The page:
Car Insurance Claims
Diligently shopping for auto insurance is the key to obtaining the best coverage at a premium you can afford, and will prevent unexpected surprises that could land you in potential legal entanglements should you be involved in an accident. Underinsured motorists are subject to possible lawsuits, and their personal assets and future earnings placed at risk, if their liability limits are inadequate to pay for bodily injuries or property damage.
A five-year study conducted by one major insurance company disclosed a significant variance in six-month premiums among carriers.
Comparing rates among the larger companies, independent agents, and Internet/phone-based carriers is the first step. Also find out the criteria each company uses in determining its rate structure and the process each has for processing claims. Scott McCartney of the Independent Insurance Agents of America advises, "Call around a lot. Don't always grab the first quote you get. Make several calls, ask the same questions and be sure to get quotes on exactly the same coverage from each carrier."
Keep in mind that historically men younger than age 25 pose the greatest insurability risk, and middle-aged, non-smoking mothers pose the least risk. Because of greater potential of theft and accidents prevalent in urban areas as opposed to rural locales and small towns, your rates will be higher if you live in a larger city. The type of vehicle you drive and the number of miles that you typically drive each year are also determining factors. If you have gotten several tickets or filed several insurance claims, you may be denied coverage by some carriers, but since most states require personal liability coverage, you are actually guaranteed coverage through high-risk insurers.
Deciphering the parts of auto insurance may appear to be intimidating, but really is not. The first term you may encounter, Collision, refers to the amount of money that will paid to repair damages to your car caused in an accident, whether it was your fault or someone else's. If another party is found to be responsible, the insurance company will collect monies either from the other person or the other insurance company. The depreciated value of your vehicle determines the maximum amount of collision coverage you may have. Unless you have already paid off your vehicle, you have to maintain collision coverage.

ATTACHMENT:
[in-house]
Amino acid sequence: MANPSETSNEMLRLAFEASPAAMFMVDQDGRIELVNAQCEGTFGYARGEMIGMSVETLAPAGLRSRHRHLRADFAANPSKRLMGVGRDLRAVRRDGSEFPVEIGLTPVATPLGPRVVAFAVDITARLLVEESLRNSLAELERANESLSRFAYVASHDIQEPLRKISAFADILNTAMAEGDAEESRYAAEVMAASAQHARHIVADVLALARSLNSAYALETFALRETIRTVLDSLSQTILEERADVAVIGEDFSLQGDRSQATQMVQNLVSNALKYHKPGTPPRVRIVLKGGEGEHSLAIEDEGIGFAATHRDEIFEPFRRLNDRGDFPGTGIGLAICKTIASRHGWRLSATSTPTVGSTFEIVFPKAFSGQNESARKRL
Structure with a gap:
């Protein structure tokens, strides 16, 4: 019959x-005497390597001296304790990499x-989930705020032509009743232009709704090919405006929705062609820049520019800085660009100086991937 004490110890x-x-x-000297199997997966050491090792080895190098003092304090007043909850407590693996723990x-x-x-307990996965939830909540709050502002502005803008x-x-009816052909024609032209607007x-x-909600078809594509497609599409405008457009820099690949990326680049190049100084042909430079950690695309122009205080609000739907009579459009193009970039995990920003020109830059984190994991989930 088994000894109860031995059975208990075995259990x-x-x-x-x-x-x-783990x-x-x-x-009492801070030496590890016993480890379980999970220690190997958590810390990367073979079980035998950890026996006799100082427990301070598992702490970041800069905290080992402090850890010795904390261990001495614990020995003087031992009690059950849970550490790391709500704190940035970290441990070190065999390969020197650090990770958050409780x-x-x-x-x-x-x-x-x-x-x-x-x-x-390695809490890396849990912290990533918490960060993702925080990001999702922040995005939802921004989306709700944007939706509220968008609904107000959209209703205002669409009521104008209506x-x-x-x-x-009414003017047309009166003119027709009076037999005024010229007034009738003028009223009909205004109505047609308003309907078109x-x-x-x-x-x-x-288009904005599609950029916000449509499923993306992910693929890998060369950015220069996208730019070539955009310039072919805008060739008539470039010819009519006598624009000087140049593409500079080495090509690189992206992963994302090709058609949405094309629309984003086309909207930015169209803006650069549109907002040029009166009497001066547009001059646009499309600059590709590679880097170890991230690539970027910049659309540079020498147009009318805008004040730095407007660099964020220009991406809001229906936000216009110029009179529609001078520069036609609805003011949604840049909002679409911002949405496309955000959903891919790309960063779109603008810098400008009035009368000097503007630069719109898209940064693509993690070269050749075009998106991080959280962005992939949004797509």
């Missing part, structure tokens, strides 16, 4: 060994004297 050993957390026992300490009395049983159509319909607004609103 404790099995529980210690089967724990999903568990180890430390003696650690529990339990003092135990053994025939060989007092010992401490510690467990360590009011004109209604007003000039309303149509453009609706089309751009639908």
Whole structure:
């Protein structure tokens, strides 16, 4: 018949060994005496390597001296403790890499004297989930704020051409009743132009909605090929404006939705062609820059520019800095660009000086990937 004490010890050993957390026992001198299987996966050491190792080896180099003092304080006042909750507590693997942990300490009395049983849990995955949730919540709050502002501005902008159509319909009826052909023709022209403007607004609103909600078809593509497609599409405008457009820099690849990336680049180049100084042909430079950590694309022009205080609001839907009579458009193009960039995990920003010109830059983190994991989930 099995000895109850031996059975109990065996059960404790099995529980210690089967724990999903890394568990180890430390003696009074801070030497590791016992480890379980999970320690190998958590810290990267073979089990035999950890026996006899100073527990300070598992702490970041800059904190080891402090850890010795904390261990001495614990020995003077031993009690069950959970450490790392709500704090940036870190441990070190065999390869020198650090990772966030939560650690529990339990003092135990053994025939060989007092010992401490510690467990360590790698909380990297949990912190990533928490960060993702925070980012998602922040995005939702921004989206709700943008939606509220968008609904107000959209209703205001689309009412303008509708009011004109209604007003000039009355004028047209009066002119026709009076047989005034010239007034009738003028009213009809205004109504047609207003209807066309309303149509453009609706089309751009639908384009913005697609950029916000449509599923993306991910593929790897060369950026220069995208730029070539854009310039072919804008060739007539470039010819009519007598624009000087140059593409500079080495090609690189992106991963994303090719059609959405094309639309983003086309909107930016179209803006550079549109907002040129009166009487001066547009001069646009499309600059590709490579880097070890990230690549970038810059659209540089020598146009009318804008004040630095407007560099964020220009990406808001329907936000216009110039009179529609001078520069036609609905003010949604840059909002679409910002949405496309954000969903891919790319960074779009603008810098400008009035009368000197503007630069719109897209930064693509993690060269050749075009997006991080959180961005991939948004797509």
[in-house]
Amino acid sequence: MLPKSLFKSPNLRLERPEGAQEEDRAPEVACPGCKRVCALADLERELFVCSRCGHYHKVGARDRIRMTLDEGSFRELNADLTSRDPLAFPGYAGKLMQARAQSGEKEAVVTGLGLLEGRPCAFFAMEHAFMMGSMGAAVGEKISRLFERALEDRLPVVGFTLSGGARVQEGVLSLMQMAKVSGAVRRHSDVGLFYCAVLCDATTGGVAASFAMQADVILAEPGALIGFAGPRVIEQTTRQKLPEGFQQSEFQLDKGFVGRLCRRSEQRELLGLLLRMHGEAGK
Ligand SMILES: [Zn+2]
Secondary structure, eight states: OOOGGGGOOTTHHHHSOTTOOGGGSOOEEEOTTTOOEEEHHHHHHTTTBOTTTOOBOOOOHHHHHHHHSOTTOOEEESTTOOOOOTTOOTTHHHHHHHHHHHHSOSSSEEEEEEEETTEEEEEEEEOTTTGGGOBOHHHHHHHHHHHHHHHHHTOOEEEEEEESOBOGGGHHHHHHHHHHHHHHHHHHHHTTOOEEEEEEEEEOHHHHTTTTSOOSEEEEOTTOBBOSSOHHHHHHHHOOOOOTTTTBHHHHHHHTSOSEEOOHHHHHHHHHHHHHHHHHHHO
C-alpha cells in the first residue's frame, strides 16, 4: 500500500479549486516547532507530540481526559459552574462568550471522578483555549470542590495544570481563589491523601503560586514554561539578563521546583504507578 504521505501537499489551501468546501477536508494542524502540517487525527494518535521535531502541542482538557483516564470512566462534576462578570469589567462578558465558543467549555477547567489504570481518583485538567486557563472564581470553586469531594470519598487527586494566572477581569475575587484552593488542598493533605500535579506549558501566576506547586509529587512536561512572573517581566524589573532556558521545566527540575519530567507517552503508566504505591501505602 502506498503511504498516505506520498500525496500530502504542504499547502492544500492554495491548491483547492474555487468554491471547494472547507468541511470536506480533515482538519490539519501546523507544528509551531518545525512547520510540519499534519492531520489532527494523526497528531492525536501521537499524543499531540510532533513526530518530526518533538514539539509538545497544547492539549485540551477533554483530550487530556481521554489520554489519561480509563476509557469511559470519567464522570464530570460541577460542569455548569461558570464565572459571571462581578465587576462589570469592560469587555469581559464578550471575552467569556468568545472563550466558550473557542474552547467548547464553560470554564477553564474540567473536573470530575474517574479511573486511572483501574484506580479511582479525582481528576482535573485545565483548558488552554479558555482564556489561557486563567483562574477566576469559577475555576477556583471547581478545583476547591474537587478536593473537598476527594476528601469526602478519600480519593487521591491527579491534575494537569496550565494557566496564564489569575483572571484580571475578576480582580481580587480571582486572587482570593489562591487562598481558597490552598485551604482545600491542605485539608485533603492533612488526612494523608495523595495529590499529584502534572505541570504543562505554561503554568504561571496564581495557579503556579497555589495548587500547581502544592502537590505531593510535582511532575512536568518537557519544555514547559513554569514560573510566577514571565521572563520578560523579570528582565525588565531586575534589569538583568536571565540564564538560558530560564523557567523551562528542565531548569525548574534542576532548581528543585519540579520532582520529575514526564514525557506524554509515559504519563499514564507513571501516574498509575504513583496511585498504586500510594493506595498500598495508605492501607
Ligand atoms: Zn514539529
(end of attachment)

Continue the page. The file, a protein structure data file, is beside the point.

Comprehensive coverage goes one step farther, paying for theft and damage caused by vandalism, acts of God, striking an animal, and storms.
Medical coverage pays the initial medical bills for you and your family as well as other passengers. Liability coverage may be used to pay medical bills of non-family passengers if they exceed your medical coverage limit, but you or family members would have to use personal medical insurance for additional coverage. Your medical coverage can also be used if you or a family member are a passenger in a car involved in an accident or if you are a pedestrian struck by a car.
Liability coverage pays for bodily injury or property damage for which you are legally responsible while driving your vehicle. This also applies to any family member living with you and listed with the insurance company as a driver on your policy, as well as anyone else driving your car with your permission.
Uninsured Motorist coverage pays for your property damage and personal injury if you are involved in an accident with an uninsured motorist, as well as hit-and-run incidents. This coverage is required in many states. Likewise, Underinsured Motorist coverage pays for your property damage and personal injury when the amount of damage is more than the other person's liability limits. This coverage becomes effective at the end of the other person's liability limit.
If you also have homeowner's liability coverage, you could also add Personal Liability Umbrella coverage to your auto policy. This additional coverage pays for personal injury or property damage that exceeds the original vehicle or homeowner's policy limit, up to the umbrella limit. Usually, the premium for this additional coverage is very low.
Gap Insurance coverage provides for the difference between the collision or comprehensive coverage amount you would receive if your vehicle were totaled and the amount remaining on your lease or vehicle loan. You would be responsible for the difference if your vehicle payoff amount is more than what you would receive under your comprehensive or collision coverage.
Other optional coverage includes emergency towing or repairs while you are traveling and rental car reimbursement while your car is being repaired.
Many states have No-Fault Insurance provisions, whereby insurance companies cover a clients' personal injury claims regardless of who was at legal fault. The objective of these provisions is to reduce claims and litigation, but individuals are still free to sue one another under certain conditions. educing claims and litigation.
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